What if My Case is Indicted Before My Prelim is Scheduled?
Once your case has been indicted, you lose your right to a preliminary hearing.
Although most prelims are scheduled before a case is sent to the grand jury, delay on the part of the prosecutor or continuances requested by either side can result in your case getting sent for indictment by the prosecutor before the prelim.
Yes, your prosecutor controls when your case is sent to the grand jury, and they can prevent you from having a preliminary hearing if they indict the case first. No, that is not fair.
Can I Hire a Defense Lawyer Just for the Preliminary Hearing?
SC’s criminal courts frown on “limited appearances” by defense lawyers. For example, if a defense lawyer appears to represent you for your bond hearing, that attorney is now your attorney of record and should handle your case to completion.
Problems arise when you pay an attorney only for the limited purpose of a bond hearing, then you cannot afford to pay the remainder of the retainer – you now have an attorney on your case who hasn’t been paid, you don’t have a public defender, and the status of your representation is in limbo…
SC law makes an exception for preliminary hearings, however. Although it may not be wise to retain an attorney solely for a preliminary hearing and many attorneys may decline to represent you only for a preliminary hearing, it is a limited representation that is authorized by SC law.
The appearance by an attorney on behalf of a defendant in a preliminary hearing shall not in and of itself obligate that attorney to continue the representation of that defendant beyond the preliminary hearing.
What Happens at a Preliminary Hearing in SC?
At most SC preliminary hearings, the Court will only hear testimony from the officer (either the “affiant” who signed the arrest warrant affidavit or the chief investigating officer for your case).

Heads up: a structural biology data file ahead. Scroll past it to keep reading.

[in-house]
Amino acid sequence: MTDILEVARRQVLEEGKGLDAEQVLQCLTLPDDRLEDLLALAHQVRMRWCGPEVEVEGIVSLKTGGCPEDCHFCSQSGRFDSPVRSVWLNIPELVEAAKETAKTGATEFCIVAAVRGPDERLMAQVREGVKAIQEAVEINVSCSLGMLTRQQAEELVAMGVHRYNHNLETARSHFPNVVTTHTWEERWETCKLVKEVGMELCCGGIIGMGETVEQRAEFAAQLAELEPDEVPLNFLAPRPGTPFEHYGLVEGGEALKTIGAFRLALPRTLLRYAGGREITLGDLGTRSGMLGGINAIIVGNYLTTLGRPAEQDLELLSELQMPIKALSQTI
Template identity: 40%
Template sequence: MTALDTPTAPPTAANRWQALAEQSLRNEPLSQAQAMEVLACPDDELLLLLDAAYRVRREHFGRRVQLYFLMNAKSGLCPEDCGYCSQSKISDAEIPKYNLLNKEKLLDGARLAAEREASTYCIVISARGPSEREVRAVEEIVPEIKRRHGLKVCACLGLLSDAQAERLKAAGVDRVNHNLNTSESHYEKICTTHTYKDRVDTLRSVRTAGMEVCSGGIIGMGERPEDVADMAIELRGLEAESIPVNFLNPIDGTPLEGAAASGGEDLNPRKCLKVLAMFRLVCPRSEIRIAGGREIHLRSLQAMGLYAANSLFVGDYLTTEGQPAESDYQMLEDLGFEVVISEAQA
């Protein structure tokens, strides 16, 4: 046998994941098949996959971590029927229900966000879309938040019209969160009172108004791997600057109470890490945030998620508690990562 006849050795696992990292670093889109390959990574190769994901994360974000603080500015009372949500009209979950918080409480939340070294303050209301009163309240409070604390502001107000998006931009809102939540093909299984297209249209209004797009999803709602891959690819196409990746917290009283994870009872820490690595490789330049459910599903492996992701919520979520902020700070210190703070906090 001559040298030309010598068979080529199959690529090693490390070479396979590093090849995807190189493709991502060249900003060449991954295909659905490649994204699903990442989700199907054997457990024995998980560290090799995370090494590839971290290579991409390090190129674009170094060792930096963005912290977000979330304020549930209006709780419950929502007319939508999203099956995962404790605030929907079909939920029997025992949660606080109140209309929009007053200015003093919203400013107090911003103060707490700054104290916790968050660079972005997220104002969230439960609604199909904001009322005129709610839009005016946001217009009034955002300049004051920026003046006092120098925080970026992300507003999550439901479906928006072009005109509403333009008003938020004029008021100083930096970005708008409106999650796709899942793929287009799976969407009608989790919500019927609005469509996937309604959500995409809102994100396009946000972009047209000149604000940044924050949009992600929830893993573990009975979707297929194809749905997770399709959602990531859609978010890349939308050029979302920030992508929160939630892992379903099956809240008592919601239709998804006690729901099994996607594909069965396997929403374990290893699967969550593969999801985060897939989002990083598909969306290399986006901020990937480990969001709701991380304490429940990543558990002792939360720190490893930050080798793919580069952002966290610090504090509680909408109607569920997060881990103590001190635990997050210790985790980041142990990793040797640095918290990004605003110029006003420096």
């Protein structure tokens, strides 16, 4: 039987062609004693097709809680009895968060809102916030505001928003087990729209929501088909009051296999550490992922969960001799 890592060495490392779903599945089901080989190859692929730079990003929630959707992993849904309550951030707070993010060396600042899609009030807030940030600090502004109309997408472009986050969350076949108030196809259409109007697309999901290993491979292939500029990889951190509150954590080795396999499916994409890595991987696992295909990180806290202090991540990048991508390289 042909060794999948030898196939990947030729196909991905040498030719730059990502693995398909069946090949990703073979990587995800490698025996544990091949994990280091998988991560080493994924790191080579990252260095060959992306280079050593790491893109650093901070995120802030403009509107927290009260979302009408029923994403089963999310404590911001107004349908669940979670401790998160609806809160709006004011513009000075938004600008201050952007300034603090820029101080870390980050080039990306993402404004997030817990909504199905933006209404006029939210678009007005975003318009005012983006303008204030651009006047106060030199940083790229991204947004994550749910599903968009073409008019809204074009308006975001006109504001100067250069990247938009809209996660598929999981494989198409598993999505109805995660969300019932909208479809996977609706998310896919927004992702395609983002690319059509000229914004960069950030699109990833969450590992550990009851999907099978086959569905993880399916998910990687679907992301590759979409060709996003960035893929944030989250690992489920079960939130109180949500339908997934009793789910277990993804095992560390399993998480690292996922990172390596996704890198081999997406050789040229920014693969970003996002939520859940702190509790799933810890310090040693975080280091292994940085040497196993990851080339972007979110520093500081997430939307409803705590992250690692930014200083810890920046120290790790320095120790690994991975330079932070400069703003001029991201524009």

You do not get to testify, and, although your attorney may instruct you to be there, you do not have to appear at the preliminary hearing if your attorney is there on your behalf.
The officer will testify, your attorney may cross-examine the officer, your attorney and the prosecutor might make “closing arguments” to the court, and then the judge will decide whether there is probable cause based on the officer’s testimony.
Do Cases Get Dismissed at Preliminary Hearings?
Yes. Cases get dismissed at preliminary hearings in SC.
There are two ways cases get dismissed at prelims:
- The judge hears the officer’s testimony, decides that it does not support probable cause, and dismisses your charges; or
- The affiant or chief investigating officer do not show up for your hearing and the judge dismisses your charges for failure to prosecute.
SC Code Section 17-23-162 specifies that the affiant or the chief investigating officer must be present to testify:
The affiant listed on an arrest warrant or the chief investigating officer for the case must be present to testify at the preliminary hearing of the person arrested pursuant to the warrant.
The prosecutor cannot call a supervisor or an officer who does not have personal knowledge of the facts of the case to simply read the incident report and warrant affidavit to the court.